Tag Archives: body

#437290 Exploring the interactions between ...

Over the past few years, robotics researchers have designed tiny and untethered swimming robots, also known as microswimmers, with increasingly advanced sensing and locomotion capabilities. These microrobots could prove very useful in medical settings, particularly for the implementation of minimally invasive targeted therapies in parts of the body that are difficult to reach, such as the central nervous system or vascular system. Continue reading

Posted in Human Robots

#437261 How AI Will Make Drug Discovery ...

If you had to guess how long it takes for a drug to go from an idea to your pharmacy, what would you guess? Three years? Five years? How about the cost? $30 million? $100 million?

Well, here’s the sobering truth: 90 percent of all drug possibilities fail. The few that do succeed take an average of 10 years to reach the market and cost anywhere from $2.5 billion to $12 billion to get there.

But what if we could generate novel molecules to target any disease, overnight, ready for clinical trials? Imagine leveraging machine learning to accomplish with 50 people what the pharmaceutical industry can barely do with an army of 5,000.

Welcome to the future of AI and low-cost, ultra-fast, and personalized drug discovery. Let’s dive in.

GANs & Drugs
Around 2012, computer scientist-turned-biophysicist Alex Zhavoronkov started to notice that artificial intelligence was getting increasingly good at image, voice, and text recognition. He knew that all three tasks shared a critical commonality. In each, massive datasets were available, making it easy to train up an AI.

But similar datasets were present in pharmacology. So, back in 2014, Zhavoronkov started wondering if he could use these datasets and AI to significantly speed up the drug discovery process. He’d heard about a new technique in artificial intelligence known as generative adversarial networks (or GANs). By pitting two neural nets against one another (adversarial), the system can start with minimal instructions and produce novel outcomes (generative). At the time, researchers had been using GANs to do things like design new objects or create one-of-a-kind, fake human faces, but Zhavoronkov wanted to apply them to pharmacology.

He figured GANs would allow researchers to verbally describe drug attributes: “The compound should inhibit protein X at concentration Y with minimal side effects in humans,” and then the AI could construct the molecule from scratch. To turn his idea into reality, Zhavoronkov set up Insilico Medicine on the campus of Johns Hopkins University in Baltimore, Maryland, and rolled up his sleeves.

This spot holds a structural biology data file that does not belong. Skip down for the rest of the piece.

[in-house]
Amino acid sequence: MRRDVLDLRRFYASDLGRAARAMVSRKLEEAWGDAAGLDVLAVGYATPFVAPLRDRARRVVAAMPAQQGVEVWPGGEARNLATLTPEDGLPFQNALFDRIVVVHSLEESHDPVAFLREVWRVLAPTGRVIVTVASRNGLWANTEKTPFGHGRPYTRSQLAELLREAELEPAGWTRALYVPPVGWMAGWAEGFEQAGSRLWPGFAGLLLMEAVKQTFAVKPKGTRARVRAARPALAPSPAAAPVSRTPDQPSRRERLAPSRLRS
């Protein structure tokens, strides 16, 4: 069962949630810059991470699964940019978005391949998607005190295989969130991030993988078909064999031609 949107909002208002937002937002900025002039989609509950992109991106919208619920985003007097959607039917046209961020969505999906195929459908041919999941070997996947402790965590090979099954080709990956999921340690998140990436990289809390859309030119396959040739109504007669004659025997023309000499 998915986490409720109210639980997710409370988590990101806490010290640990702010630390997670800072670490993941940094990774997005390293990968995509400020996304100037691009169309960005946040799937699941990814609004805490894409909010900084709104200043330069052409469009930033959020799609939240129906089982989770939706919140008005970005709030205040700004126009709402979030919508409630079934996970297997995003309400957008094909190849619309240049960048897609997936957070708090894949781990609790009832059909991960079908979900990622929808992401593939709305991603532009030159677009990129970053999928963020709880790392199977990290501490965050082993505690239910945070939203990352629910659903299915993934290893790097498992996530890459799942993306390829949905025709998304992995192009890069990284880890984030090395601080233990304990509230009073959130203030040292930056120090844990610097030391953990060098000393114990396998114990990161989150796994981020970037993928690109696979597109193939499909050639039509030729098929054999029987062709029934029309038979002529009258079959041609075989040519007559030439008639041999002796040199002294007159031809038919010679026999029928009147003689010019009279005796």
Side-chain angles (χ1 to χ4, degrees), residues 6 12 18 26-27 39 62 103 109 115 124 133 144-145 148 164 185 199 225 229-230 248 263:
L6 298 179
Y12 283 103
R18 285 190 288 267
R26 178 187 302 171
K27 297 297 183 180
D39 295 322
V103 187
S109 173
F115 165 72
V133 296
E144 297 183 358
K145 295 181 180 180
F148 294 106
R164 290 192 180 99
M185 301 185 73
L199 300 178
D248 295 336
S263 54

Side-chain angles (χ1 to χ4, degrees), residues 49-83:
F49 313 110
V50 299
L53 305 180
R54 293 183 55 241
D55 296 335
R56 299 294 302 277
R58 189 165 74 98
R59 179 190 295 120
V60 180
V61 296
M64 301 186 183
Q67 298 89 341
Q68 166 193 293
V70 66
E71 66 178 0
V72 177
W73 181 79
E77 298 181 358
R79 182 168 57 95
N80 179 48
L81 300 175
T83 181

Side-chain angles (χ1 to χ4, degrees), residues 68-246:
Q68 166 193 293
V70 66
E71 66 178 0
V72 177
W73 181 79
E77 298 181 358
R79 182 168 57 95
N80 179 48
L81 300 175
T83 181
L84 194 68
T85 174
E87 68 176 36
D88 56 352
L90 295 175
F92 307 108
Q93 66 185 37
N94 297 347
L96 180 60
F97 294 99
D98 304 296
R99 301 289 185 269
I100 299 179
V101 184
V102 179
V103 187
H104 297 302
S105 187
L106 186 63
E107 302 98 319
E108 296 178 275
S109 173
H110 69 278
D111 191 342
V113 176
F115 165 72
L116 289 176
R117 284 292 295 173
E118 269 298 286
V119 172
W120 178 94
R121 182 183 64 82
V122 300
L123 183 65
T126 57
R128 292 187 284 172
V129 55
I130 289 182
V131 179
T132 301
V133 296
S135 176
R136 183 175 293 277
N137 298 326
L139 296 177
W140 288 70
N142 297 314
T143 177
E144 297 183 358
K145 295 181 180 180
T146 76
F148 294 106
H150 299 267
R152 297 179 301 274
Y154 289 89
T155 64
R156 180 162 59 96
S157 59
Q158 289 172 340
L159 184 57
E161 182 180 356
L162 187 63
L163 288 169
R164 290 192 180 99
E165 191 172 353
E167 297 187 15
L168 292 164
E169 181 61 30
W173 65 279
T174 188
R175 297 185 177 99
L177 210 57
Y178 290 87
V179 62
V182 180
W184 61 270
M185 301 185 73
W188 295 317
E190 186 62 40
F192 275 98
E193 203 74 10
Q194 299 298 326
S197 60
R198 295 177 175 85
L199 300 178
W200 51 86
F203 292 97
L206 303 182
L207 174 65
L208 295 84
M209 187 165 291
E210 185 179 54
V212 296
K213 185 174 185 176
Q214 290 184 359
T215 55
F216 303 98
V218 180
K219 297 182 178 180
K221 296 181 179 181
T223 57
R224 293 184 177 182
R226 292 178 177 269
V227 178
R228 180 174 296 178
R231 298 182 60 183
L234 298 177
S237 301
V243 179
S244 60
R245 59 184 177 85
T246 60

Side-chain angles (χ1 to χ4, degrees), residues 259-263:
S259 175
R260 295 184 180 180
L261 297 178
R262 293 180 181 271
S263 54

Instead of beginning their process in some exotic locale, Insilico’s “drug discovery engine” sifts millions of data samples to determine the signature biological characteristics of specific diseases. The engine then identifies the most promising treatment targets and—using GANs—generates molecules (that is, baby drugs) perfectly suited for them. “The result is an explosion in potential drug targets and a much more efficient testing process,” says Zhavoronkov. “AI allows us to do with fifty people what a typical drug company does with five thousand.”

The results have turned what was once a decade-long war into a month-long skirmish.

In late 2018, for example, Insilico was generating novel molecules in fewer than 46 days, and this included not just the initial discovery, but also the synthesis of the drug and its experimental validation in computer simulations.

Right now, they’re using the system to hunt down new drugs for cancer, aging, fibrosis, Parkinson’s, Alzheimer’s, ALS, diabetes, and many others. The first drug to result from this work, a treatment for hair loss, is slated to start Phase I trials by the end of 2020.

They’re also in the early stages of using AI to predict the outcomes of clinical trials in advance of the trial. If successful, this technique will enable researchers to strip a bundle of time and money out of the traditional testing process.

Protein Folding
Beyond inventing new drugs, AI is also being used by other scientists to identify new drug targets—that is, the place to which a drug binds in the body and another key part of the drug discovery process.

Between 1980 and 2006, despite an annual investment of $30 billion, researchers only managed to find about five new drug targets a year. The trouble is complexity. Most potential drug targets are proteins, and a protein’s structure—meaning the way a 2D sequence of amino acids folds into a 3D protein—determines its function.